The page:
[Leading and Lagging Indicators]

In order to close achievement gaps and move the needle on things like test scores, graduation rates, college completion, and gainful employment, which are lagging indicators of progress that take time to improve, we also need to focus on leading indicators of progress.

When we move leading indicators – things that show progress more quickly, like student and teacher attendance, quality curriculum, advanced coursework, and hands-on career-based learning – then and only then will achievement gaps improve.

Leading indicators move before lagging indicators. They tell us we are on the right track.

And when schools and districts show that they are on the right track, they will get credit in our new accountability system.

Rhode Island is one of only a handful of states to include student suspension rates, and both teacher and student absenteeism as factors in this accountability system. When large numbers of students and teachers are frequently absent or suspended, it signals that there is something wrong in the school that needs to be recognized and fixed.

[School Culture]

It’s time we gave school culture the attention it deserves.

We’ve provided a new tool to help schools work with families to increase school attendance. At Hennessey Elementary School in East Providence, when students start to show poor attendance, school leaders send letters and text messages to their families, and this has helped cut chronic absenteeism in half.

The Council on Elementary and Secondary Education endorsed social and emotional learning standards to help teach students life skills, not just academic skills. We need to do both.

At Broad Rock Elementary School in Wakefield, students, teachers, and families are coached in the principles of nonviolence. At Mount Hope High School in Bristol-Warren, the PASS program provides one-on-one mentoring to get students through the inevitable tough times.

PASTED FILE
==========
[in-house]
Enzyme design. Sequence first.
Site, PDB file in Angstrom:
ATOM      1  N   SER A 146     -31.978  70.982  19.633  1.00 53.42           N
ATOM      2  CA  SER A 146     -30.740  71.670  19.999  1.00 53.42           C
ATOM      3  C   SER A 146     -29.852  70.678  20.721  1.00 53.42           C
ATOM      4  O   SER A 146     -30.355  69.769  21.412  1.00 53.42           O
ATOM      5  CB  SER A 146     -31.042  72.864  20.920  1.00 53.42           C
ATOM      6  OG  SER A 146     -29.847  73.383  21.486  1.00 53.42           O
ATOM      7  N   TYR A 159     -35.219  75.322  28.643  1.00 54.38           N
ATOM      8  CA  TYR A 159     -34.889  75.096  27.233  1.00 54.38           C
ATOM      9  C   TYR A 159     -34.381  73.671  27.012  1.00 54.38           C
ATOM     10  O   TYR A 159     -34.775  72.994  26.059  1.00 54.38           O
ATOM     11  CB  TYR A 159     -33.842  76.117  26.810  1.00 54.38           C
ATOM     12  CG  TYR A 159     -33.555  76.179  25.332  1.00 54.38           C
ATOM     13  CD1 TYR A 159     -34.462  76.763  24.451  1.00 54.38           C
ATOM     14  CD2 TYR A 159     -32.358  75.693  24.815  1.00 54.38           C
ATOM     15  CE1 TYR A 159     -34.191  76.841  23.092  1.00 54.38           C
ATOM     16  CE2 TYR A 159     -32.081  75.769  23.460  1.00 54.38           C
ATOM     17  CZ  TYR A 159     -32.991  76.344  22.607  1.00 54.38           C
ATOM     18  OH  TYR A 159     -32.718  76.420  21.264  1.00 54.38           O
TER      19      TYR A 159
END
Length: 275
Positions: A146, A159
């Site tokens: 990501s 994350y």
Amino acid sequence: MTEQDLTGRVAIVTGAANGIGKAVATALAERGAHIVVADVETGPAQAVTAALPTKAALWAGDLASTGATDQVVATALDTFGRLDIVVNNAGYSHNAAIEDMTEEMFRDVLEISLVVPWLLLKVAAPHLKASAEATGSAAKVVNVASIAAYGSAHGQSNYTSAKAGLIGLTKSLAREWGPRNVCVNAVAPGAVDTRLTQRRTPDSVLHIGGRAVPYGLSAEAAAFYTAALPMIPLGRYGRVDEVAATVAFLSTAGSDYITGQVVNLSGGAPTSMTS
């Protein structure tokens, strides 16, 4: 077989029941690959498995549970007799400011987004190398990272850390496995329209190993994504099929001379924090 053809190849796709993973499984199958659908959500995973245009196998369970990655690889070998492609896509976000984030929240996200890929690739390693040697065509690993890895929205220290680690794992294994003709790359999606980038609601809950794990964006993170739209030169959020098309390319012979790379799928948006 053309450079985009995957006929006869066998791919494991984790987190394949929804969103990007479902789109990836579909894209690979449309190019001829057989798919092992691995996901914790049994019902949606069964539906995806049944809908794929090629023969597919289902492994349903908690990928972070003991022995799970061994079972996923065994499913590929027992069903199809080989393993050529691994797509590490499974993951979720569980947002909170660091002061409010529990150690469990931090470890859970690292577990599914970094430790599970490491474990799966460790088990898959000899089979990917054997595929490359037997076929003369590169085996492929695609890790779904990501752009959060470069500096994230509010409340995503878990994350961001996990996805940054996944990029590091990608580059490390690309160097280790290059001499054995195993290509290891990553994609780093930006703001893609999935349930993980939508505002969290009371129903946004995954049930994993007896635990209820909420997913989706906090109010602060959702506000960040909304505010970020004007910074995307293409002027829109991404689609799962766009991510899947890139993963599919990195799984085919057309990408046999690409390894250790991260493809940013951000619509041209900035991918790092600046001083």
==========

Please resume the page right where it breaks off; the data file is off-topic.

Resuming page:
Especially at this moment, we need to make sure that no child falls through the cracks, with potentially tragic consequences.

That is possible only when we engage and listen to the voices of students and their families. Last year, 80% of students and teachers, and 20% of families told us what was going well and not so well in their schools. SurveyWorks, our annual school culture survey, is open again this year until March 30, so please help us exceed last year's participation rate.

It’s time that we ask, and it’s also time that we listen.


Already this year, through extensive public engagement, we heard loud and clear that Rhode Islanders are concerned about the physical condition of their schools.

When you walk into this beautiful facility at Potter Burns, or if you walk into Blackstone Valley Prep’s new campus in Cumberland, you can see and feel the difference that a modern school environment can make.

But Rhode Island hasn't made a significant statewide investment in school facilities in more than two decades. The time to change that is now.

I’m grateful to Governor Raimondo and Treasurer Magaziner for facing this issue head on, to the General Assembly for kicking off the process, and to all of the school, district, and community leaders who stepped up, ready to take action on behalf of kids.

With the help of Rhode Island voters, we are on the verge of a once-in-a-generation investment in school facilities, so that students in every community have access to 21st century learning environments that are safe, secure, and inspire the best in our children and their teachers.

[Strong Foundations]

Every child needs a safe place to learn, and they also need a strong foundation.

In 2016, the Governor declared a bold goal: double the number of students reading proficiently in third grade by the year 2025.

The Children's Cabinet, comprised of the Governor’s leaders across state agencies, created a comprehensive plan to achieve this goal, because when kids can read fluently and joyfully by third grade, all of life’s opportunities are that much more achievable.

Teaching a child to read can save lives.

We now have three times as many pre-K classrooms as we did four years ago, and full-day kindergarten in every district in the state.